Once you have learned some of the basics of the language you can improve your fluency by increasing your vocabulary and by practicing listening, reading, writing and speaking. Here are a few suggested resources to help you.
Passporto Al La Tuta Mondo is an entertaining drama entirely in Esperanto it starts out with more simple Esperanto and progresses over the 15 lessons. Each lesson also has an introduction explaining some of the grammatical points and there are written exercises to accompany the course.
A number of Esperanto radio stations and podcasts are available online:
Radio ZZZ puts out a weekly Esperanto audio programme monthly with short items of interest. You can listen over the Internet or download as a podcast under iTunes for listening on an iPod.
You can find a list of other Esperanto Podcasts here.
Dictionaries, Grammar and Reference
The most useful dictionaries for the intermediate learner are:
The Esperanto version of Wikipedia (Vikipedo) has the 32nd highest count of articles (as of January 2016).
A good Esperanto grammar reference is Plena Manlibro de Esperanta Gramatiko (PMEG).
Once you’re ready there are a wealth of Esperanto books on a wide variety of topics – why not read a translation of a good book you already know or try an original Esperanto work?
You can browse and buy books at these Esperanto online stores:
Esperanto-USA Retbutiko – in English
FEL Retbutiko – in English, Esperanto and other languages
Universala Esperanto Asocio (UAE) Catalogue – in Esperanto
Some of the big online retailers also stock Esperanto books:
There are a few Esperanto books at the Book Depository (based in the UK). Although they don’t have a huge Esperanto range they do have free shipping even to New Zealand which means they are often the best value.
You can search for Esperanto books at Amazon.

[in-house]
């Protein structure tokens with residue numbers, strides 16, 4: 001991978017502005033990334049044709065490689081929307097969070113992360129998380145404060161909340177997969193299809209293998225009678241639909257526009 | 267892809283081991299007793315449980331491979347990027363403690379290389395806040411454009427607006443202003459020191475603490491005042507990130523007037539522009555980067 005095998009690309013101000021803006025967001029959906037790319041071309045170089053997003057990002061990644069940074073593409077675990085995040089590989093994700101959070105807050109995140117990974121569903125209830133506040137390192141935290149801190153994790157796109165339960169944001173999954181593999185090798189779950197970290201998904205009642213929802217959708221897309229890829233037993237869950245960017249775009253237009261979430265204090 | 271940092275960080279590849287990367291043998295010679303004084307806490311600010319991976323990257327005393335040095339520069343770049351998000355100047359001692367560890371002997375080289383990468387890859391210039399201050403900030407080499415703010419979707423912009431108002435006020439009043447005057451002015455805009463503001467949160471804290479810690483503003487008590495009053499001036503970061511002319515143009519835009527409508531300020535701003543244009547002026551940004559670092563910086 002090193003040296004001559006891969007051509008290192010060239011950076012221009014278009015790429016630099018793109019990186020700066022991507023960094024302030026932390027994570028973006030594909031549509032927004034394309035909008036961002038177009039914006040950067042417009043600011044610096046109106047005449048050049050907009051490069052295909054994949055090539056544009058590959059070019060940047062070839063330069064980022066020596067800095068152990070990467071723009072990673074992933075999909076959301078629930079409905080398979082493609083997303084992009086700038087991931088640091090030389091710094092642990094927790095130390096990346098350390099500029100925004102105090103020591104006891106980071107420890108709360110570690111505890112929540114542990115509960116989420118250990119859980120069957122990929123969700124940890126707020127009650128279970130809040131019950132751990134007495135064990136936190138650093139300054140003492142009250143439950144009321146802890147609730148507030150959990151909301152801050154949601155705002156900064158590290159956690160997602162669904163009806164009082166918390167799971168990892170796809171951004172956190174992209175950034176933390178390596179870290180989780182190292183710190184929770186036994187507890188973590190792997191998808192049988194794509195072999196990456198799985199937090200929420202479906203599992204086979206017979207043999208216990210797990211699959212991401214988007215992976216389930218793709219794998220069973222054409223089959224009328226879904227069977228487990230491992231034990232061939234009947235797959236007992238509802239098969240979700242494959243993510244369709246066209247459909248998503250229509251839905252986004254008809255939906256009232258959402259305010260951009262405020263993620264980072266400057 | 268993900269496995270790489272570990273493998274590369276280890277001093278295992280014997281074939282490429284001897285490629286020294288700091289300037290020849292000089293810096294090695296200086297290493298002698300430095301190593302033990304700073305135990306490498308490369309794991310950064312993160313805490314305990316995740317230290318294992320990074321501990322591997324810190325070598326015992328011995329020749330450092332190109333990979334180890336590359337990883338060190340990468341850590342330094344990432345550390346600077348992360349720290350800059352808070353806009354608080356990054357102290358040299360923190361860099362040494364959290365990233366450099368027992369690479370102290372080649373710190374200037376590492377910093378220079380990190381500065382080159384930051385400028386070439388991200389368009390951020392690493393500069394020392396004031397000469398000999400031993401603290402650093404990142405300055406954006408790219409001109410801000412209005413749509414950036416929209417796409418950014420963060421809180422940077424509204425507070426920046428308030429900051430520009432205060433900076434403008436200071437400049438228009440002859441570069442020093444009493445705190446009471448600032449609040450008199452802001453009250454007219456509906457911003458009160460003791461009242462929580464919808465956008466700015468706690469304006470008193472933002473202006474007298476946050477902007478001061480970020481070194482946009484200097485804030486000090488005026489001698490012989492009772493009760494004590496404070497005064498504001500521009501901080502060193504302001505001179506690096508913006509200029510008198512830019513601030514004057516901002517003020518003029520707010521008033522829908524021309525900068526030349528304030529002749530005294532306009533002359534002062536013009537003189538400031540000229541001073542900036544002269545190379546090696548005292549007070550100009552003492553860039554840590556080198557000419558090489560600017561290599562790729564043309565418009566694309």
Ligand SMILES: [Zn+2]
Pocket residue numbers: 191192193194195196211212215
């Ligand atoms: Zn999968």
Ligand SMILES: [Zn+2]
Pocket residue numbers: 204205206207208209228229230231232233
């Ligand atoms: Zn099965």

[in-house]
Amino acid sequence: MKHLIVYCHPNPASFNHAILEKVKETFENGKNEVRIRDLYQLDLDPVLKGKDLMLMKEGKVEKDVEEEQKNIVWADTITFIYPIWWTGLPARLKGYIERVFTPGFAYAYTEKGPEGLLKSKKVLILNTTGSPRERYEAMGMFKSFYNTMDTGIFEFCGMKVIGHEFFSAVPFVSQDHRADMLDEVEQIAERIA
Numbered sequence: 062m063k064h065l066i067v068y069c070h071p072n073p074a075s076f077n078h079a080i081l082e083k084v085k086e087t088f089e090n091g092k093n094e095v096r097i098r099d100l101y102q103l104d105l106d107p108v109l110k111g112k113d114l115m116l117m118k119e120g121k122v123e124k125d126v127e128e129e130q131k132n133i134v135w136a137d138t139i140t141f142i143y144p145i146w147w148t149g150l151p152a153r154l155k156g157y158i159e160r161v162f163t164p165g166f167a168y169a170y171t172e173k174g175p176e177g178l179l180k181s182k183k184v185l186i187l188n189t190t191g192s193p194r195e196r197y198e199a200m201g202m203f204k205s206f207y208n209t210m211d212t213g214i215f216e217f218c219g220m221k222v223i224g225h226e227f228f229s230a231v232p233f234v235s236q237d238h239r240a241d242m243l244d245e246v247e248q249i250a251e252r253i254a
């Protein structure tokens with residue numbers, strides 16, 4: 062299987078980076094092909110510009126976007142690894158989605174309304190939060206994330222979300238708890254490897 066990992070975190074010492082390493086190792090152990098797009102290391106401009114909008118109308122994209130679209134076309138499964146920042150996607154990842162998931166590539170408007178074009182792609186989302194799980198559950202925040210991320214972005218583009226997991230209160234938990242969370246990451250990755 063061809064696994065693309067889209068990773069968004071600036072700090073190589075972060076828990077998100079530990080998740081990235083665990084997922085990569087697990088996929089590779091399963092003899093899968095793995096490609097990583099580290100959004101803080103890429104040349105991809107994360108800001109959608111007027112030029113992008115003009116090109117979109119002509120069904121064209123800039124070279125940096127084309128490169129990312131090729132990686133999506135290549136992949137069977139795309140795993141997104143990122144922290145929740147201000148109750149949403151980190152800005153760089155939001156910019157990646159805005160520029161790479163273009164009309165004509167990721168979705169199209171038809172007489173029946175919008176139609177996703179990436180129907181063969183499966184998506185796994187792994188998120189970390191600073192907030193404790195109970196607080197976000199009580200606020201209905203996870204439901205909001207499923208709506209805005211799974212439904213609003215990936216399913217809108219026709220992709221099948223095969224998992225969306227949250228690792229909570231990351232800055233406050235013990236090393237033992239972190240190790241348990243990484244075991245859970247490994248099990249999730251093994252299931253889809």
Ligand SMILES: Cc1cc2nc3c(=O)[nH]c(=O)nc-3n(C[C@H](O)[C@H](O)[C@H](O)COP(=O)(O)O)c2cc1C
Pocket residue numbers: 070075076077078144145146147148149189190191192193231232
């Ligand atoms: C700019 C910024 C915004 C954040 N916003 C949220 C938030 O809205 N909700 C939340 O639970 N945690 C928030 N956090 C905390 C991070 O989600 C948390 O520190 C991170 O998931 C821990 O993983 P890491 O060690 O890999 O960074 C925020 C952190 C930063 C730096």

Scrabble – Play the well known word game in Esperanto. You can play against the computer or against others.
Crosswords – The PuzzleFoundry, where you can create, publish and share your word puzzles (e.g. poligrams or crosswords). PuzzleFoundry supports five languages, including Esperanto. It is supported by dictionaries, through which you can perform word searches to enable you to find possible matches for your puzzles.
In the past it could be hard to practice speaking with others if there was no one else in your area who spoke Esperanto. Now with the Internet Esperanto speakers are only a few clicks away and you can be making friends all over the world with people you would never have been able to chat to before.
Skype and Google Hangouts are two ways to talk to others who speak Esperanto – here is a Yahoo group listing Skype Esperanto users.
If you live in Wellington, Auckland, Christchurch, Masterton or Tauranga there are local Esperanto groups that meet regularly – find out more here.
Come to NZEA’s annual congress and practice your Esperanto with others from New Zealand and from overseas.
Find yourself an online pen-friend and start really using Esperanto across borders – it’s great to be able to communicate with someone with whom you have no other language in common. You can find other learners on lernu.net or at koresponda-servo.
Or why not start your own Esperanto blog? If you’re an NZEA member tell us about it and we’ll put up a link to your blog.
Second Life (Dua Vivo) – A virtual reality world which you play online (for free). There is an active group of Esperantists in Esperanto-Lando on Second life and you can meet and chat online. There are even online Esperanto lessons and virtual lectures and meetings.
Here’s a video about it if you want to find out more (in Esperanto):